(Panchsheel) of tribal development were evolved but those were hardly practised. The
basic limitation in the practised policies is that instead of utilizing the traditional wisdomand our own
cultural idioms as Mahatma Gandhi and other social activists didgovernment policies depend more on
bureaucrats and west-trained middle class expertisewhich lacks in coming to grips with the reality at
many points, specially with regard to itscultural moorings. Besides, instead of understanding and
deciphering traditional ‗integralpluralism‘ carefully, at the instance of politicians and vested interests, it is
mostly appliedin a distorted manner thus serving their own interests rather than that of the tribals.Mostly
we are metropolitanist in our outlook and looked at the tribals as ‗other people‘rather than as our own
brethren. The entire approach of according a ‗marginal‘ statusinstead of traditional ‗minority‘ status to
them reflects this attitude which should beproperly examined and reviewed15 Impact of Development
Projects on Tribals

It is axiomatic that all human societies, at all times, possess a creative capacity fordevelopment in
accordance with their own internal laws and necessities, as well asflexible adaptation-innovation
complexes corresponding to the changing localcircumstances. Whereas neither development nor spatial
mobility is unique to moderncivilization, the contemporary imposition of the supposedly universal model
ofdevelopment and the consequent dispossession problematique is of a qualitativelydifferent order, built
on the unequal socio-political structure, both at national and globallevels. Small wonder, social science
literature is by now overburdened withpost-modern critique of development history and the appalling
results.
          What then are the basic tenets and assumptions of this dominating developmentparadigm which
have direct bearing on tribal people‘s problematique? Being deeplyrooted in the Judeo-Christian tradition,
the paradigm of development has treated the restof the biosphere as an enemy to be defeated and tortured
for immediate maximization ofexchange value. This anthropocentric and essentially reductionist
perspective of naturalworld has eroded the ecological resource base of the humanity and destroyed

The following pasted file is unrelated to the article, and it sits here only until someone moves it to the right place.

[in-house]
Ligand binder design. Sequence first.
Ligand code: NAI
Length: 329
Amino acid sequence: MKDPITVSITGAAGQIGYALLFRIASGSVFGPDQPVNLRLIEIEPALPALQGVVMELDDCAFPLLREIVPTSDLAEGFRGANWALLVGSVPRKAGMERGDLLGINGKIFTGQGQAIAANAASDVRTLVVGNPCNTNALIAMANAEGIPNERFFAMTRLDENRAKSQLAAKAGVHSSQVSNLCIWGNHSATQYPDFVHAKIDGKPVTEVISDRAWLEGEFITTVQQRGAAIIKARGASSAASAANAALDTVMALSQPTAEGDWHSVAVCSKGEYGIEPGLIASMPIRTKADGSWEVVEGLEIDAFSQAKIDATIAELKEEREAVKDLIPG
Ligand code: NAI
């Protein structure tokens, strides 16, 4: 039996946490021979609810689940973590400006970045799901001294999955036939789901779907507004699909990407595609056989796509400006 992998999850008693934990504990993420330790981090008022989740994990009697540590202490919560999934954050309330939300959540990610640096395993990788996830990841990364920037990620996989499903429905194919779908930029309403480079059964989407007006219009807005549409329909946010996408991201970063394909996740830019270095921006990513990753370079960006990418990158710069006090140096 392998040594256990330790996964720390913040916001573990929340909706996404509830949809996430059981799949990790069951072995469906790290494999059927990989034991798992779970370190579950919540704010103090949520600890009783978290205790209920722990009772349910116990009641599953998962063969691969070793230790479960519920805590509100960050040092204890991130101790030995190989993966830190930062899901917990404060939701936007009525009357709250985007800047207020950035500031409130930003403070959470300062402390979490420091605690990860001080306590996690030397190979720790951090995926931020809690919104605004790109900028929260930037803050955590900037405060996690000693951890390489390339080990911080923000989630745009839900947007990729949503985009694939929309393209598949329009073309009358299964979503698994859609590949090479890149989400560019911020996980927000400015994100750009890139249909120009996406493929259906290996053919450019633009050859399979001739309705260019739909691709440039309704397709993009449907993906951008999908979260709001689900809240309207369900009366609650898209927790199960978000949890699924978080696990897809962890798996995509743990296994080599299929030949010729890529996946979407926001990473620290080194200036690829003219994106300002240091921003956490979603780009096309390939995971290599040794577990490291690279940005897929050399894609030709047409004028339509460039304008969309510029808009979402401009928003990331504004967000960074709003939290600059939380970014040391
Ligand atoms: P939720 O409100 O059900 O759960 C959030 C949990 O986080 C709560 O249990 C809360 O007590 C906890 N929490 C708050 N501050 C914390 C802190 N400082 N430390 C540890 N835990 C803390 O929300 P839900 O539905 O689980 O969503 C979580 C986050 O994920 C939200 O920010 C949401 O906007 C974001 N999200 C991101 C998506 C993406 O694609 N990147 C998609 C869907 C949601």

thecustomary tribal matrix of harmonious, holistic and anticipatory equilibrium betweennature and
culture.
Secondly, the doctrine of individualism and statist ideology being crucial for capitalistand neo-colonialist
development, the collective identities are severely impaired andstigmatized. Instead of evolving a
culturally specific balance between the principles ofindividualism and corporate existence, the
epistemology of individualism andprivatization of resource base have been furiously imposed for the
elimination of the veryexistence of indigenous collective identities, and usurp their territorial
resources,knowledge systems and the labour for the overtly exploitative market.
          Thirdly, thebasic assumption of reductionism in the modern sciencebe ing partsare ontologically
prior to the wholes, and the emphasis on uniformity, separability andhomogeneity among the objects
generated a context-tree abstraction of knowledge and anobsession for quantification like the GNP andra
te of economicgrowth rather thanquality of life.
          Fourthly, as the dominant notion of development is gradual triumph of reason,rationality and
value neutrality, it has consistently cultivated a contempt forconsciousness, values, ethicsand traditions,
and thereby, institutionalized the belief thatabandoning the traditional cultural and institutional elements
is thesine-qua-non ofdevelopment.
         And finally, the conception and theory of development firmly insists that themotive forces of
development of the backward people are external infusion of capital,technology and institutions, an alibi
for neo-colonial hegemony.




          In sum, development projects are handed down without any concern for thecultural-historical and